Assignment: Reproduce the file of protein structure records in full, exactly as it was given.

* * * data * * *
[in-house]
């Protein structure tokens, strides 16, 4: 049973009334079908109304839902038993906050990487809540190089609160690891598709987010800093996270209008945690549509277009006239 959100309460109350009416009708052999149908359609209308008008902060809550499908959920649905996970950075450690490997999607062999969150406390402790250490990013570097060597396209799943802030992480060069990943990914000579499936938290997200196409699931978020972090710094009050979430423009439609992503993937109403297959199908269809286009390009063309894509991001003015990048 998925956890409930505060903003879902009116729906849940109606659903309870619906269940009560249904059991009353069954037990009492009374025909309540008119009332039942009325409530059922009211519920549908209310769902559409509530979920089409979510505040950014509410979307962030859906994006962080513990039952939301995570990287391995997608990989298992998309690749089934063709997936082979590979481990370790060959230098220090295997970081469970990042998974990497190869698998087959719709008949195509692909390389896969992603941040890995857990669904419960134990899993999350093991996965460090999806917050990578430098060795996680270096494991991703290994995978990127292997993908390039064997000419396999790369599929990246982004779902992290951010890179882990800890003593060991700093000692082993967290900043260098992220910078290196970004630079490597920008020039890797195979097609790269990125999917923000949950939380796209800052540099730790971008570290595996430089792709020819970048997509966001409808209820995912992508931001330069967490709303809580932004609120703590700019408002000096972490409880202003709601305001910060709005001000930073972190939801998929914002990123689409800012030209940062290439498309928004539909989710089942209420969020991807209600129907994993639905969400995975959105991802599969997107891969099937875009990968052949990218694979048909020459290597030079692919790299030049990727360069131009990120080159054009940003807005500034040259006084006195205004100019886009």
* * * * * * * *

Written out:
[in-house]
């Protein structure tokens, strides 16, 4: 049973009334079908109304839902038993906050990487809540190089609160690891598709987010800093996270209008945690549509277009006239 959100309460109350009416009708052999149908359609209308008008902060809550499908959920649905996970950075450690490997999607062999969150406390402790250490990013570097060597396209799943802030992480060069990943990914000579499936938290997200196409699931978020972090710094009050979430423009439609992503993937109403297959199908269809286009390009063309894509991001003015990048 998925956890409930505060903003879902009116729906849940109606659903309870619906269940009560249904059991009353069954037990009492009374025909309540008119009332039942009325409530059922009211519920549908209310769902559409509530979920089409979510505040950014509410979307962030859906994006962080513990039952939301995570990287391995997608990989298992998309690749089934063709997936082979590979481990370790060959230098220090295997970081469970990042998974990497190869698998087959719709008949195509692909390389896969992603941040890995857990669904419960134990899993999350093991996965460090999806917050990578430098060795996680270096494991991703290994995978990127292997993908390039064997000419396999790369599929990246982004779902992290951010890179882990800890003593060991700093000692082993967290900043260098992220910078290196970004630079490597920008020039890797195979097609790269990125999917923000949950939380796209800052540099730790971008570290595996430089792709020819970048997509966001409808209820995912992508931001330069967490709303809580932004609120703590700019408002000096972490409880202003709601305001910060709005001000930073972190939801998929914002990123689409800012030209940062290439498309928004539909989710089942209420969020991807209600129907994993639905969400995975959105991802599969997107891969099937875009990968052949990218694979048909020459290597030079692919790299030049990727360069131009990120080159054009940003807005500034040259006084006195205004100019886009």